the ranges. In this
case, all good! I
secondaries of the
antenna coils as well,
and they also checked
out. On to the
This radio has
three oscillator coils
total: one on its own
coil form beneath the
chassis, and two
wound on the same
coil form and
mounted up next to
the variable capacitor
on the top. These are
devices, so they're easy to check out.
There will be two sets of lugs with
continuity to each other, but not to
the lugs from the opposite winding.
In this case, all oscillator windings
tested good too.
Next up are the IF transformers.
These cans are mounted to the
chassis, and each has two windings:
a primary and a secondary. It's fairly
straightforward to trace out the
wiring and find two pairs which have
On the first IF transformer, the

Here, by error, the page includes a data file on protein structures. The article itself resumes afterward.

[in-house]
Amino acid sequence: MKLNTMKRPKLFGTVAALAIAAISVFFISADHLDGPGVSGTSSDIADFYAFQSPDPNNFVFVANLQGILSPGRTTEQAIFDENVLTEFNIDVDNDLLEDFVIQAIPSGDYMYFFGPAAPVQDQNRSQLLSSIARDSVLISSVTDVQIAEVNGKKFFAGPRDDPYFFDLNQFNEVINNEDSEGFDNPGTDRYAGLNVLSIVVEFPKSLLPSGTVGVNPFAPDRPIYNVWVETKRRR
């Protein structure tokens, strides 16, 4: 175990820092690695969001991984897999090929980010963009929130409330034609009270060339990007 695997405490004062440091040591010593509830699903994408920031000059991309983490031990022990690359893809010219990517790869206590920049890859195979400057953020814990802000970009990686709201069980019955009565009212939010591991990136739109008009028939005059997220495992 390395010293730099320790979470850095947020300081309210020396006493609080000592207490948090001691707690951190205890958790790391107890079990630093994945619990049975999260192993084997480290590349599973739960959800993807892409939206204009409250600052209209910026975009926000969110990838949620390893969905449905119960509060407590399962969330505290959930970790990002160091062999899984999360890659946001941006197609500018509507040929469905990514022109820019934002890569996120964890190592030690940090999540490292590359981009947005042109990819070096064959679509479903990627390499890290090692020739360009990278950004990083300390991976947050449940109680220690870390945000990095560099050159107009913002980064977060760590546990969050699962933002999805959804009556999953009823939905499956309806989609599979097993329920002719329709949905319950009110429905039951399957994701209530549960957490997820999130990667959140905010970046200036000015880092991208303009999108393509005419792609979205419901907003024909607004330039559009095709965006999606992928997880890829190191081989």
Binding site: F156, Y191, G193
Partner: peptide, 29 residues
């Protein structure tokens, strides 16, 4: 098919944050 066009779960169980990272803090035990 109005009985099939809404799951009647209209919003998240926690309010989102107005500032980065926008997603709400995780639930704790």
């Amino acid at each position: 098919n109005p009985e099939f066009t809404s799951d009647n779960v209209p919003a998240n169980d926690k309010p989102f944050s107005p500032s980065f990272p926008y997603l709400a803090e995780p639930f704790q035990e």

secondary has one connection out
the top to the grid cap of the 6D6 IF
amplifier tube. On the second IF
transformer, they're both on the
bottom. After checking continuity on
both, the IF transformers are also
Some more advanced radios
might have tapped IF transformers or
other components hidden inside the
cans, but that's not something you're
likely to find on an entry-level radio
like this one.
Moving on, since this is a
transformerless AC/DC radio, the
only items left to check are the filter
choke, the output transformer, and
the field coil. The filter choke sits on
top of the chassis, with the leads
heading towards the power supply
section. There's only one winding,
and the approximate DC resistance is
given on the schematic. These
tended to have a ±20% tolerance, so
the reading of 345 ohms isn't
indicative of any problems.
May 2015 55
Bare radio chassis with tubes removed.
The other two oscillator coils
sharing a common coil form on
top of the chassis.
Back side of the radio showing